Miscarriage Through a Father’s Eyes
I’m currently slouching in a surgery waiting room chair listening to “Someone Great” by LCD Soundsystem (open the link and listen to it as you read this) over and over while staring at a brown cloud-shaped water spot on the ceiling tile above me. There’s a guy speaking Spanish really loudly on the phone behind me. I can hear him even though I have my phone’s music volume up so loud that I got a warning from the manufacturer saying I’m going to damage my hearing. The chorus “when someone great is gone” is repeating right now.
It’s so surreal to me. What were we doing when her little heart stopped beating?
After attempting to let the miscarriage pass “naturally,” my wife Lily is currently having an emergency D&C surgery, prompted by the bleeding that wouldn’t stop over the last 12 hours. This morning around 4AM all she could do was cry and repeat, “I just want my baby back.” She was in so much pain both physically and emotionally, and I wanted to be strong for her, but I couldn’t keep it together. I’ve intermittently cried quite a bit, but I think that’s been really healthy for me. Sorry if this is morbid to you, I just don’t know what else to do right now, and I think this will help me begin closure with my baby. She (we don’t actually know the sex, we just felt like she is a girl) passed away without us knowing, a little over a week ago, when she was just 8 weeks old (in the womb). After we found out, we went up Provo Canyon to the same spot Lily took me on my birthday for a picnic. On the way back home, Lily suggested that we name her. We simultaneously thought of “Jo,” short for Joanna.
It’s so surreal to me. What were we doing when her little heart stopped beating? Were we laughing about how since Lily became pregnant all she’s wanted are the gross microwaveable pizzas from the frozen section at the grocery store, or were we editing photos and video together watching Gilmore Girls? Was I standing in the shower looking at the weird shapes on the inside of our Ikea shower curtain? Just two weeks ago we heard her perfect little heart beat at 130 BPM for the first time. And now what? Nothing. Silence.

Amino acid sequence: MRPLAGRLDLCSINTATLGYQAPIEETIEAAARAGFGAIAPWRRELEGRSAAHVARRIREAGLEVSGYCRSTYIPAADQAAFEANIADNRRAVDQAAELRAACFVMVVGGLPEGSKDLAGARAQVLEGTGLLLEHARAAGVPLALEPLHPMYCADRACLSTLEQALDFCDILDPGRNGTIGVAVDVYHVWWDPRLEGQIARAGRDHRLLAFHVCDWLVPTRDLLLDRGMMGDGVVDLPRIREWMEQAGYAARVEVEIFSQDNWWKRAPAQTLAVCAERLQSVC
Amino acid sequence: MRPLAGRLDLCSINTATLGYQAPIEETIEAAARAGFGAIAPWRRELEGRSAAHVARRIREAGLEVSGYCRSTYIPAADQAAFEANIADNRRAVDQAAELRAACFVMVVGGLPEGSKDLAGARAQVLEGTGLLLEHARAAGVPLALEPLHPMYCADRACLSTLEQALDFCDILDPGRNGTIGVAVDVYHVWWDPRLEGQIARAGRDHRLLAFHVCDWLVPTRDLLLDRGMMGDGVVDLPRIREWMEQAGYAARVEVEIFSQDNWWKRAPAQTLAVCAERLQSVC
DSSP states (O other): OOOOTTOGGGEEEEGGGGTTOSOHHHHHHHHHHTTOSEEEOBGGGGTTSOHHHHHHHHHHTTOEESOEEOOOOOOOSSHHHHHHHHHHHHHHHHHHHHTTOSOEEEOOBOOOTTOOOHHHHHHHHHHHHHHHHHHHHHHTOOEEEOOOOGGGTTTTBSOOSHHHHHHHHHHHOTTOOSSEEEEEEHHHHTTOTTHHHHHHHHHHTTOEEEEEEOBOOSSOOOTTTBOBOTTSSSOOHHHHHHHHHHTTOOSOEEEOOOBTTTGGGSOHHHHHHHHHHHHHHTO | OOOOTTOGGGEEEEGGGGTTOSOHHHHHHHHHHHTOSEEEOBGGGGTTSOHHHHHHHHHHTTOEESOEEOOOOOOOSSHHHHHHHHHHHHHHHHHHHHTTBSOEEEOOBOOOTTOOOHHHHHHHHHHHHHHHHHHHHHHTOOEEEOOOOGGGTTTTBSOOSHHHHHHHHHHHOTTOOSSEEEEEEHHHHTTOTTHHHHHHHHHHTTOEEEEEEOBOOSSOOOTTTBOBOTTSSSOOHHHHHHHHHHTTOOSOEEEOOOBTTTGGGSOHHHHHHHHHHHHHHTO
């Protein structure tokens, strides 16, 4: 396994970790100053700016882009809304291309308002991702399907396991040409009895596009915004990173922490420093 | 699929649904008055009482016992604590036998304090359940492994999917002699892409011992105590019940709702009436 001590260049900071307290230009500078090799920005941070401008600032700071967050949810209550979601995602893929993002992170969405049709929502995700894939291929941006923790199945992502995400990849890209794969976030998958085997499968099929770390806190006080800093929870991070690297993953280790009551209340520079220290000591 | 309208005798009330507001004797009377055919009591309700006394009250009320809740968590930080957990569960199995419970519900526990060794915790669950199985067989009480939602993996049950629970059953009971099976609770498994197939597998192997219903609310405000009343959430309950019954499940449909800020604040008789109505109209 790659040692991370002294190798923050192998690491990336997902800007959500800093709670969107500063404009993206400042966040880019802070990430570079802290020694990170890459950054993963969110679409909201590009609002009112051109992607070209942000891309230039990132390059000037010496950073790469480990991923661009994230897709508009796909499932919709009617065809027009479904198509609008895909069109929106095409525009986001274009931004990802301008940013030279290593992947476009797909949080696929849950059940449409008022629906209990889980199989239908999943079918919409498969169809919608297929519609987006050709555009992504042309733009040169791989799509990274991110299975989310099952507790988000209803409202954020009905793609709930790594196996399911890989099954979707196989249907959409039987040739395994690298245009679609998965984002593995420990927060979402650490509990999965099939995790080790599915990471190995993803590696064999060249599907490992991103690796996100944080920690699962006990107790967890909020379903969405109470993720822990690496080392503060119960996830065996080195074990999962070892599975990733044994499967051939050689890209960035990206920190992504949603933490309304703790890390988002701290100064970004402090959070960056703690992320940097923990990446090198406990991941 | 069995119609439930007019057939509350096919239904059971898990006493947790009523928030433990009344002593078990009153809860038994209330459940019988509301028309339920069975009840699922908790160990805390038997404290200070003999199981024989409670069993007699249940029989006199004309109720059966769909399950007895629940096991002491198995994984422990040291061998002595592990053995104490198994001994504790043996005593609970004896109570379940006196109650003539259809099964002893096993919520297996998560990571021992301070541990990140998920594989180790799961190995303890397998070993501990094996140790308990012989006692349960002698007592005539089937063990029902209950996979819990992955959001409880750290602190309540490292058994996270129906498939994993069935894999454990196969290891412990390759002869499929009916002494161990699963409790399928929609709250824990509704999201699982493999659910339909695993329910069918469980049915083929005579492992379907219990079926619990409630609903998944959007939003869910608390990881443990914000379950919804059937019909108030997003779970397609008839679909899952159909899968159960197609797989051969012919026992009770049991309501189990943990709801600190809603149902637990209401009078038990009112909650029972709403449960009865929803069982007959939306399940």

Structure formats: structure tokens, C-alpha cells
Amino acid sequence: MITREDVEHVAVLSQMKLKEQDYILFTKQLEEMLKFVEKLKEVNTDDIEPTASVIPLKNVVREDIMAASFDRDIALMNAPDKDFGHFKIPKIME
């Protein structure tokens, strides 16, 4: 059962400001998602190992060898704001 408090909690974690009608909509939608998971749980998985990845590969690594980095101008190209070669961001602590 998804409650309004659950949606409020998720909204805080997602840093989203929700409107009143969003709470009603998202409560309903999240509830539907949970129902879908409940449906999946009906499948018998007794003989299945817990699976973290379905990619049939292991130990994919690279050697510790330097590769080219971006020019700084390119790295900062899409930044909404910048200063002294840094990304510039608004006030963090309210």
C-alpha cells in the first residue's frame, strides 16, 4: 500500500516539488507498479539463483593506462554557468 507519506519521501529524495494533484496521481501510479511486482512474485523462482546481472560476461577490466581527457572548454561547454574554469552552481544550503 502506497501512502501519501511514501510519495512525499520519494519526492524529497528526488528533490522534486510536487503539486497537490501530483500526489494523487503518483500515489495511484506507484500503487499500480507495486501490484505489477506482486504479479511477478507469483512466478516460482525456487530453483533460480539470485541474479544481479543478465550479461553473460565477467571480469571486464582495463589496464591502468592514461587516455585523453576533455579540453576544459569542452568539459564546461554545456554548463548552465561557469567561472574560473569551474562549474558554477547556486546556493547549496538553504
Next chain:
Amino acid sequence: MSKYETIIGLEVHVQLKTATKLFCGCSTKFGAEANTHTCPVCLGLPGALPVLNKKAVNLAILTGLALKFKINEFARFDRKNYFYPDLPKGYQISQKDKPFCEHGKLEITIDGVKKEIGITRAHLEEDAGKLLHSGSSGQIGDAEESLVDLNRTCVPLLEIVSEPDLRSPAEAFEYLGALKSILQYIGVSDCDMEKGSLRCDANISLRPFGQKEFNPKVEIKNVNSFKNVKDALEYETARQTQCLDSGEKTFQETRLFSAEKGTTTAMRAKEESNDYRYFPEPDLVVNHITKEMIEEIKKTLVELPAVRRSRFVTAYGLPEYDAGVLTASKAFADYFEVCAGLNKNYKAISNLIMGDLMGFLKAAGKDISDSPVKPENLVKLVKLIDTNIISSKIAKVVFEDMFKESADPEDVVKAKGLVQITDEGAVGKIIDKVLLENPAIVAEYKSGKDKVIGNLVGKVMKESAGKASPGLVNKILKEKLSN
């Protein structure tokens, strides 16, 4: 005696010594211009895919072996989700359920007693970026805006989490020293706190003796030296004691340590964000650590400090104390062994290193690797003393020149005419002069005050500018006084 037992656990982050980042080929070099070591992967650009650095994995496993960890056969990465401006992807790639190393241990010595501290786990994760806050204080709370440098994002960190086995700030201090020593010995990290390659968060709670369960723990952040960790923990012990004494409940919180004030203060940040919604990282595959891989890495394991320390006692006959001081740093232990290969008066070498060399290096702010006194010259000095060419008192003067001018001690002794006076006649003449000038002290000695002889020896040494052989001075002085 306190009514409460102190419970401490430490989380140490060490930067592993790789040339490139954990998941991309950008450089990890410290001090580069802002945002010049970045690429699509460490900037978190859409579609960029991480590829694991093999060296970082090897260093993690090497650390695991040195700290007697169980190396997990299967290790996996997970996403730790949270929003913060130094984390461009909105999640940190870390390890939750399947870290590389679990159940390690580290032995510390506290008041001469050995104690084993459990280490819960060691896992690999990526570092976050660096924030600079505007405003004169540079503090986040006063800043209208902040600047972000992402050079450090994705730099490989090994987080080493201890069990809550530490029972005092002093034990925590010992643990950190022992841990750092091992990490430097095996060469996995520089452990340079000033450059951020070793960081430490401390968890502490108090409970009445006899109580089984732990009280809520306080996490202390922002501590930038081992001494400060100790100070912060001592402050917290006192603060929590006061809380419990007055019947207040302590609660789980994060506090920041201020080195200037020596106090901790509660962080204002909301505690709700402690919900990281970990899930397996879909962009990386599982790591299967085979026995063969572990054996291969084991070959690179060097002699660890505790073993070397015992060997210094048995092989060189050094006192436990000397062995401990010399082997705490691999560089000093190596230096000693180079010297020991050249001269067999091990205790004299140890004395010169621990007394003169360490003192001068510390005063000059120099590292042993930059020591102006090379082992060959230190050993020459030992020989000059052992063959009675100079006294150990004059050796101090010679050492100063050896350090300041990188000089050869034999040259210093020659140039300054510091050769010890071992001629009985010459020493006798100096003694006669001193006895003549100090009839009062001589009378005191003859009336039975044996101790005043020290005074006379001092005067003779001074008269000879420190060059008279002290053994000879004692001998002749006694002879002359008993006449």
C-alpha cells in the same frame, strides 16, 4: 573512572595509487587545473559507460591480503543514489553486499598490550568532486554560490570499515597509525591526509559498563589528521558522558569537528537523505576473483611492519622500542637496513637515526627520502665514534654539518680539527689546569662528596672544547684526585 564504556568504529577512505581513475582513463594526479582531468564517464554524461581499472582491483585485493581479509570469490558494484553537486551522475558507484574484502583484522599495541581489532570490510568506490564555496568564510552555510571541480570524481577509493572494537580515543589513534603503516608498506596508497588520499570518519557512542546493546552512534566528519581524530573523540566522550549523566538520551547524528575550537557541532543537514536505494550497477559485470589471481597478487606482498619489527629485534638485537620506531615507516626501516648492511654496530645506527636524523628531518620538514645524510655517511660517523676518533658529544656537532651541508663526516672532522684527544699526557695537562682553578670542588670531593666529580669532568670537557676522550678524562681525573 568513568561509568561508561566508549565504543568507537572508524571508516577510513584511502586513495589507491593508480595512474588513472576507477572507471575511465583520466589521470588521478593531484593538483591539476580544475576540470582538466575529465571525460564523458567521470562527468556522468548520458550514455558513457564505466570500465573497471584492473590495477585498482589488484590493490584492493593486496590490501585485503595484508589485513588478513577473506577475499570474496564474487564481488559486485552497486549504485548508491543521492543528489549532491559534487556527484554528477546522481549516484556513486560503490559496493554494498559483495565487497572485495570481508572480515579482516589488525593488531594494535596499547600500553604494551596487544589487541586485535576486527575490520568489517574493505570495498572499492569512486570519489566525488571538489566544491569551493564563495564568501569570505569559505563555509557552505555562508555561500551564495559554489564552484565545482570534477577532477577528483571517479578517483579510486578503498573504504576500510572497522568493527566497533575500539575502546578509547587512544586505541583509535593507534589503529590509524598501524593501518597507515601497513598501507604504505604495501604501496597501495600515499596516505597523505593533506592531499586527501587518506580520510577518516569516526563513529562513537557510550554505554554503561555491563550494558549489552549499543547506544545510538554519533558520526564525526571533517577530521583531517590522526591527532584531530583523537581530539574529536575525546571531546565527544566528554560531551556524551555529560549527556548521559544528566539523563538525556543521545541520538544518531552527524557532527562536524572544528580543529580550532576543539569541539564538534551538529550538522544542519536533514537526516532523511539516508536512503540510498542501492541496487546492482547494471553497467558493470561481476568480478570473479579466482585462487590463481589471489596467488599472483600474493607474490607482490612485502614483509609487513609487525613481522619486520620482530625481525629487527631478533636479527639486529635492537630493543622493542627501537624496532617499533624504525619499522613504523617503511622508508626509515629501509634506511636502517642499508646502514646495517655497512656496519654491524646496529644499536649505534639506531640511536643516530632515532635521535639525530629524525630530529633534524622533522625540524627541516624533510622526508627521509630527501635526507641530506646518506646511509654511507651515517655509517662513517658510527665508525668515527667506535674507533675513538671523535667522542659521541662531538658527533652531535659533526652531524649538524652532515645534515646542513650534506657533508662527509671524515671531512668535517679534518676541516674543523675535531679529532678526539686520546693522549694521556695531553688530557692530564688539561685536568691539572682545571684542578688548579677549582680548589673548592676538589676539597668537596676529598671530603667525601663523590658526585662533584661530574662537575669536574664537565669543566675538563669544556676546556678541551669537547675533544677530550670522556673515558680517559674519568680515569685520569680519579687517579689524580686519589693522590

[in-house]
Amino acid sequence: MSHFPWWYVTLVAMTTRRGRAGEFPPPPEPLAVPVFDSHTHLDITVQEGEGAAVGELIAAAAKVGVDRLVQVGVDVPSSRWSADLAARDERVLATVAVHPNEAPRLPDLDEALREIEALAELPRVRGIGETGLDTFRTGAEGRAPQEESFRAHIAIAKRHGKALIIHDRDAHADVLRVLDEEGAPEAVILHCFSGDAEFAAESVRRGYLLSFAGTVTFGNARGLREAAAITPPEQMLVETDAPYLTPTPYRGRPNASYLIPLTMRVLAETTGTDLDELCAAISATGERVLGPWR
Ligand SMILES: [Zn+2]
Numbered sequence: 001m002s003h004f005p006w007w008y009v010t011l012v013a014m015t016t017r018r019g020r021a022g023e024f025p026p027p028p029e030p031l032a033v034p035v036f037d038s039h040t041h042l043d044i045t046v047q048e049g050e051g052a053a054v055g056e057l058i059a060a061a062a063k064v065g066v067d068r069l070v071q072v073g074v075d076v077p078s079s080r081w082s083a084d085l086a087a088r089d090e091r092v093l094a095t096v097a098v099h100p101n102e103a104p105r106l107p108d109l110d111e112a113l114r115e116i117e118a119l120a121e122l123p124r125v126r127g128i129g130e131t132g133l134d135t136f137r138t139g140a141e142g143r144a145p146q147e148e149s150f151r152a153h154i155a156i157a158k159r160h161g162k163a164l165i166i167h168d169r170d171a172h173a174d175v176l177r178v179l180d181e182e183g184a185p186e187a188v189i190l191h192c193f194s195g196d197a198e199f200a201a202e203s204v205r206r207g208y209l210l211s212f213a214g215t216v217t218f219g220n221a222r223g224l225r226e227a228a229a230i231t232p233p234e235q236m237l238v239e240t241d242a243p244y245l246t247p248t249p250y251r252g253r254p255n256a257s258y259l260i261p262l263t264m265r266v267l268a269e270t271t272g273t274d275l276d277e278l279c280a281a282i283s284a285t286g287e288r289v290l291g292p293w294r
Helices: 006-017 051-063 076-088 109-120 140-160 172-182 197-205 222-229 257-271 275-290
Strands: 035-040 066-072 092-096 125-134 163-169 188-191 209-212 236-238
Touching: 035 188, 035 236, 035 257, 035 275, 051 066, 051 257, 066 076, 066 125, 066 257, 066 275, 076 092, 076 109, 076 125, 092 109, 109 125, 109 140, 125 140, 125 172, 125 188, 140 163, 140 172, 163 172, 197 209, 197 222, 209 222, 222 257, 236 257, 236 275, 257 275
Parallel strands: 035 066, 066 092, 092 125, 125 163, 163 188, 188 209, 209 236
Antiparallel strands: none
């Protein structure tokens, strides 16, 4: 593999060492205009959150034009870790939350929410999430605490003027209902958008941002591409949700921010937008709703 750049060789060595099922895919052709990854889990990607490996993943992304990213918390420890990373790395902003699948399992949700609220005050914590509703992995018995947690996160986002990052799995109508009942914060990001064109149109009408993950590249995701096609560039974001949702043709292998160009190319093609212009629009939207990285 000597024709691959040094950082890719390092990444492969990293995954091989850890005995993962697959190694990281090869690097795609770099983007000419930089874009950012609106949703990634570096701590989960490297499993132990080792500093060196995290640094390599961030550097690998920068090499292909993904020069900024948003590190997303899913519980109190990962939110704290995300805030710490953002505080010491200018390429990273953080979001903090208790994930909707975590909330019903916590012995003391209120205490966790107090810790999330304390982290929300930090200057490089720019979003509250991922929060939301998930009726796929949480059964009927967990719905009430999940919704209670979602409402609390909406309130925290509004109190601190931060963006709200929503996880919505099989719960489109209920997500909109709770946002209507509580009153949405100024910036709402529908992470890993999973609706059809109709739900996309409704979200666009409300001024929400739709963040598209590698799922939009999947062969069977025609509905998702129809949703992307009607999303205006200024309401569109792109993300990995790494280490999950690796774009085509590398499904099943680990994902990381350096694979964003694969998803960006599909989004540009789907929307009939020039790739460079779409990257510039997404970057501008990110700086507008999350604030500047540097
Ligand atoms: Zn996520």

The woman conducting the ultrasound said to us, “I’m sorry, but it looks like your baby has passed way.” What? That’s our reality? I mean, what about all the memories we were supposed to have Jo? What about the Disney-themed birthday parties from your elementary years, and the chores that you were going to hate but we were going to make you do anyway? Or the junky car we were going to buy you when you left for college? We love you so much.
Now I’m sitting across from Lily in a small hospital room as she sleeps off the anesthesia. The circa 1987 plastic office blinds won’t lower all the way, so the 1 PM sunlight is entering the room through a good sized portion of the window. I wanted her to be able to sleep unbothered, but oh well. Every time I look at Lily I can only think about how beautiful she is. She’s so helpless right now, she’s given everything. I thought I was in love with her before, but seeing her now, cocooned in practically every blanket in the hospital, with her three-day unwashed hair and quiet, limp body laying there in the hospital bed, I love her more than ever.
Every time I look at Lily I can only think about how beautiful she is.
Even though these last few days have probably been the most painful days of my life, I’m still optimistic. They definitely haven’t been the worst days of my life, which is interesting. Maybe it’s because I’m confident we’ll get another chance to see an ultrasound with our own little bean-shaped human in it again sometime soon. I have faith that God is, and has been, keenly aware of this situation for some time, and that he’s planned great things for us that will help us make the most of it. He’s got a way of making lemonade with lemons, you know?